Motor Task Detection from Human STN Using Interhemispheric Connectivity
Satellite broadcasting, Correlation, Electronic mail, Brain stimulation, Parkinson's disease, Lead
Daniel Felix Ritchie School of Engineering and Computer Science, Electrical and Computer Engineering
Deep brain stimulation (DBS) provides significant therapeutic benefit for movement disorders, such as Parkinson's disease (PD). Current DBS devices lack real-time feedback (thus are open loop) and stimulation parameters are adjusted during scheduled visits with a clinician. A closed-loop DBS system may reduce power consumption and side effects by adjusting stimulation parameters based on patient's behavior. Subthalamic nucleus (STN) local field potential (LFP) is a great candidate signal for the neural feedback, because it can be recorded from the stimulation lead and does not require additional sensors. In this paper, we introduce a behavior detection method capable of asynchronously detecting the finger movements of PD patients. Our study indicates that there is a motor-modulated inter-hemispheric connectivity between LFP signals recorded bilaterally from the STN. We utilize a non-linear regression method to measure this inter-hemispheric connectivity for detecting finger movement. Our experimental results, using the recordings from 11 patients with PD, demonstrate that this approach is applicable for behavior detection in the majority of subjects (average area under curve of 70±12%).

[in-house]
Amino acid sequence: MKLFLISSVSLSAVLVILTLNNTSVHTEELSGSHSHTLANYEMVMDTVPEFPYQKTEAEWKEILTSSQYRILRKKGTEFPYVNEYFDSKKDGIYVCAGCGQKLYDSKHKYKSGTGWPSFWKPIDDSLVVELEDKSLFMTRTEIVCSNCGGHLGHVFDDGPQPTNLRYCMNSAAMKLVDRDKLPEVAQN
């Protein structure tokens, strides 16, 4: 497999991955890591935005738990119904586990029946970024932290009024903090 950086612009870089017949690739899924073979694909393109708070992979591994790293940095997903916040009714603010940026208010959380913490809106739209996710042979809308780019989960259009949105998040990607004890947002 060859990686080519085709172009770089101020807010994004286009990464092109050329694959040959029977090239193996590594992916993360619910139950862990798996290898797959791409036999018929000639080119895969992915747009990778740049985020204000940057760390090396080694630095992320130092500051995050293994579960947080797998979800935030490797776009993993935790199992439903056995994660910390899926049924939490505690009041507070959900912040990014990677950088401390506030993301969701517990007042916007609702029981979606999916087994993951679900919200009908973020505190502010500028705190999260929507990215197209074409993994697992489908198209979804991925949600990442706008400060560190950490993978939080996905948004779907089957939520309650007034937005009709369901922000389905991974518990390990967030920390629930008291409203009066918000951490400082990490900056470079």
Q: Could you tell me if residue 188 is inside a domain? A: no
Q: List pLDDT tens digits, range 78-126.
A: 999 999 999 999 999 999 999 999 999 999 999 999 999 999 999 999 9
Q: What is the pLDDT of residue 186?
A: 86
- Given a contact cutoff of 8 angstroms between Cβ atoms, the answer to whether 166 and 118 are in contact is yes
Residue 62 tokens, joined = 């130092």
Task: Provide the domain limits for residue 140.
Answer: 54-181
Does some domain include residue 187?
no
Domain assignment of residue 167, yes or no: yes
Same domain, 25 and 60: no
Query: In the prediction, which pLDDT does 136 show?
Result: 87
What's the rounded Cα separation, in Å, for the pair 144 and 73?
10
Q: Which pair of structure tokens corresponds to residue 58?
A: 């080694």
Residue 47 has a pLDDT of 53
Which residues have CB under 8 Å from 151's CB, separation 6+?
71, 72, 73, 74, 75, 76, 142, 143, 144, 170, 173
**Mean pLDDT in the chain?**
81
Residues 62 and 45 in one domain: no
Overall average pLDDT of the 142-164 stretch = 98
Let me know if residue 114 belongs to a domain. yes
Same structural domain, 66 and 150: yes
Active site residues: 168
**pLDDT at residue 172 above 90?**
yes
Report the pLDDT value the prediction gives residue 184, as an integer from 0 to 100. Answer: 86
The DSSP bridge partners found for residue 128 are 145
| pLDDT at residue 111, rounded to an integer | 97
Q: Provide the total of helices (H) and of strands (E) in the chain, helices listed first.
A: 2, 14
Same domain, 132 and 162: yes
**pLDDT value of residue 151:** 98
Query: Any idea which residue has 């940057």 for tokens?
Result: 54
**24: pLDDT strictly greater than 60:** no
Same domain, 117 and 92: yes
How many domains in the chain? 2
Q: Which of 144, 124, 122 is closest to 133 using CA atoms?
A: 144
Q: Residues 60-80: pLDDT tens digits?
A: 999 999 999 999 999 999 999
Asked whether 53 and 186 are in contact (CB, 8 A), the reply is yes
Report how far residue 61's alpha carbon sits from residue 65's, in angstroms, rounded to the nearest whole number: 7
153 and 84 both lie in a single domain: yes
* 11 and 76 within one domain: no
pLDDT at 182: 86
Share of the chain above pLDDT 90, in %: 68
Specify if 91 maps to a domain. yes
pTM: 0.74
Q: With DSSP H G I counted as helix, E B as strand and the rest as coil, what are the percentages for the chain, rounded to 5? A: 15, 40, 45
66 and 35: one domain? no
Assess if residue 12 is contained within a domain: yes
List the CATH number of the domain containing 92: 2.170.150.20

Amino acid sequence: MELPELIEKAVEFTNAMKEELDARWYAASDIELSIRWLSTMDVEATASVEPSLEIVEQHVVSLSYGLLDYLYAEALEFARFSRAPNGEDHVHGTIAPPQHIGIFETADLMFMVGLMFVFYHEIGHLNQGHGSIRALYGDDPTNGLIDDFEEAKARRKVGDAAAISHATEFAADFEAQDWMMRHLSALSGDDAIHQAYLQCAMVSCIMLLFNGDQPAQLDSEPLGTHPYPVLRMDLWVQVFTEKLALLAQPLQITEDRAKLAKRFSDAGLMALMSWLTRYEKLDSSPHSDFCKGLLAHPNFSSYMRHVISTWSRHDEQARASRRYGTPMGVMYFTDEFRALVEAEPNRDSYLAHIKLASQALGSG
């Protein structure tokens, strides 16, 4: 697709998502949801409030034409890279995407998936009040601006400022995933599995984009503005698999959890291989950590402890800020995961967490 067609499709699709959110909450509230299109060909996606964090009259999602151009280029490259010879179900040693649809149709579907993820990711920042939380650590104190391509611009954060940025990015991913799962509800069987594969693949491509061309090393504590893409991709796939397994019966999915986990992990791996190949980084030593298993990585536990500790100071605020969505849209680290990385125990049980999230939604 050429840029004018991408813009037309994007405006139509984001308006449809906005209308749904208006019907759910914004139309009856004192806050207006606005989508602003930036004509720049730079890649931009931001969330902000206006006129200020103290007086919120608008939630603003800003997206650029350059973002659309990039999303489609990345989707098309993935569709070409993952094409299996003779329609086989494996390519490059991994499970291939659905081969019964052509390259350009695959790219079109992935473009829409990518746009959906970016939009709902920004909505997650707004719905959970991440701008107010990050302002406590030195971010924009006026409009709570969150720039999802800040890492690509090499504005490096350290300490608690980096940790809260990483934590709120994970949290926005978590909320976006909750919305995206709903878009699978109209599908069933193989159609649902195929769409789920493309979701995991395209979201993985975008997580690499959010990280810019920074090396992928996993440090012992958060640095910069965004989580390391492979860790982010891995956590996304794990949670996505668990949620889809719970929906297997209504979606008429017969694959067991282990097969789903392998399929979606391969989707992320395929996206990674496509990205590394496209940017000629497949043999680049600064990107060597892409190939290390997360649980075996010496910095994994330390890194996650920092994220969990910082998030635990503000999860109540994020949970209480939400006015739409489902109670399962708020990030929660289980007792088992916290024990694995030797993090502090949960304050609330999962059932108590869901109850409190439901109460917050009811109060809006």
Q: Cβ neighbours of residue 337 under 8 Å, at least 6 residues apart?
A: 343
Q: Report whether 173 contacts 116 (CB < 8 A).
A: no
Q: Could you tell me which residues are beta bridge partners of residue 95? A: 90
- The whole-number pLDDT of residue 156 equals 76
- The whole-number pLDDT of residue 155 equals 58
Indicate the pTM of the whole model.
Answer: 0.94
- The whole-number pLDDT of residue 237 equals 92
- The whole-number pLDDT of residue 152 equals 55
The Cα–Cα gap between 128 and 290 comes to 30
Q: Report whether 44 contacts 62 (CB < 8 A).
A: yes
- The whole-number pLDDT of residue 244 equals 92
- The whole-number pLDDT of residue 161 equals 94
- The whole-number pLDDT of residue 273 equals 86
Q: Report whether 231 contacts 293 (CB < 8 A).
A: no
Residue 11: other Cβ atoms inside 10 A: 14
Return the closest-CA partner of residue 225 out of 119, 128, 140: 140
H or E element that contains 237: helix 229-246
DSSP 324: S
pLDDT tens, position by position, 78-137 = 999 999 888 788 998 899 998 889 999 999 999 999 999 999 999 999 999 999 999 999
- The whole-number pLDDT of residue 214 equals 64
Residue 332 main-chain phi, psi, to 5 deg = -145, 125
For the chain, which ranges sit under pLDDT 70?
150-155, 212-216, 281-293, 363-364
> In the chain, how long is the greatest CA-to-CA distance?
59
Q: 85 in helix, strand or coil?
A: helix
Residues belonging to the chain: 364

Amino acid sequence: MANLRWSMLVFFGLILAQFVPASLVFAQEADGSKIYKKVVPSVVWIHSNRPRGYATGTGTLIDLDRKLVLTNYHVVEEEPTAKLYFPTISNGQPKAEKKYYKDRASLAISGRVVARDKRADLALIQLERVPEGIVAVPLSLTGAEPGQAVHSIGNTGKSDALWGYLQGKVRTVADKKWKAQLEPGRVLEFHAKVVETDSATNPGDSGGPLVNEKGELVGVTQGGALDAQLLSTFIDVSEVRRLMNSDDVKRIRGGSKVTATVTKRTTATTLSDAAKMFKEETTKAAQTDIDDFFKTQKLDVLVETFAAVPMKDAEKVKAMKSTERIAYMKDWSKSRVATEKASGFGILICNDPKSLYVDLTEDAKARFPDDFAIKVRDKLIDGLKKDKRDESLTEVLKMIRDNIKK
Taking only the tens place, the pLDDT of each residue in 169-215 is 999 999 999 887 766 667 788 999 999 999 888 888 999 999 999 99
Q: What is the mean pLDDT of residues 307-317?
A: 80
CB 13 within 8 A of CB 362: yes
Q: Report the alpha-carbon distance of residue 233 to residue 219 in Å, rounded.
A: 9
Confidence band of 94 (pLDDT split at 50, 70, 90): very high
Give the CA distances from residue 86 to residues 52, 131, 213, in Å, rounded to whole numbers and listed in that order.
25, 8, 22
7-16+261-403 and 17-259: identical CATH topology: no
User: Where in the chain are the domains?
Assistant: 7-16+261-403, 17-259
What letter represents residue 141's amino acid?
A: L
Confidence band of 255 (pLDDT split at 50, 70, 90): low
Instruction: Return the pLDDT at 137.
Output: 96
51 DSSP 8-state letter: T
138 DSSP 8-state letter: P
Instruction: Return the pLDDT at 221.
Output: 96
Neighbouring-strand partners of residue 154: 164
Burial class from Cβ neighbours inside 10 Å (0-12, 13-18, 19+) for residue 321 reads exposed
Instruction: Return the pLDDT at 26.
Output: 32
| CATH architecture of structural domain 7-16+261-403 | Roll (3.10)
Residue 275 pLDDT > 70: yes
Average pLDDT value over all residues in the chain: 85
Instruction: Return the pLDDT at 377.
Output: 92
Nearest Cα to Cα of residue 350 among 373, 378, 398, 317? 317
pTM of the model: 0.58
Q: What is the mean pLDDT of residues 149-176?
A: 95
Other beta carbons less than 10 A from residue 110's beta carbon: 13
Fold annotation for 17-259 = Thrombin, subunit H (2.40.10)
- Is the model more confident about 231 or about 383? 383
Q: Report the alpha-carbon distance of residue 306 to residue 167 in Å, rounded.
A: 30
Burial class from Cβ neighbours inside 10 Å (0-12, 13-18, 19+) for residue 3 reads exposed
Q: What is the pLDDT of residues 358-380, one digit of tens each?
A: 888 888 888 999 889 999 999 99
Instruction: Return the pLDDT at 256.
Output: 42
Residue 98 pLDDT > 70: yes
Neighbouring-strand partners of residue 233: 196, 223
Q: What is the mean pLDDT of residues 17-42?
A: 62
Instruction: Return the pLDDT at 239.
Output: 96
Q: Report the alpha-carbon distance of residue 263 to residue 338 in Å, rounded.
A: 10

Copyright held by author or publisher. User is responsible for all copyright compliance.
Niketeghad, Soroush, et al. “Motor Task Detection From Human STN Using Interhemispheric Connectivity.” IEEE Transactions on Neural Systems and Rehabilitation Engineering, vol. 26, no. 1, 2018, pp. 216–223. doi: 10.1109/tnsre.2017.2754879.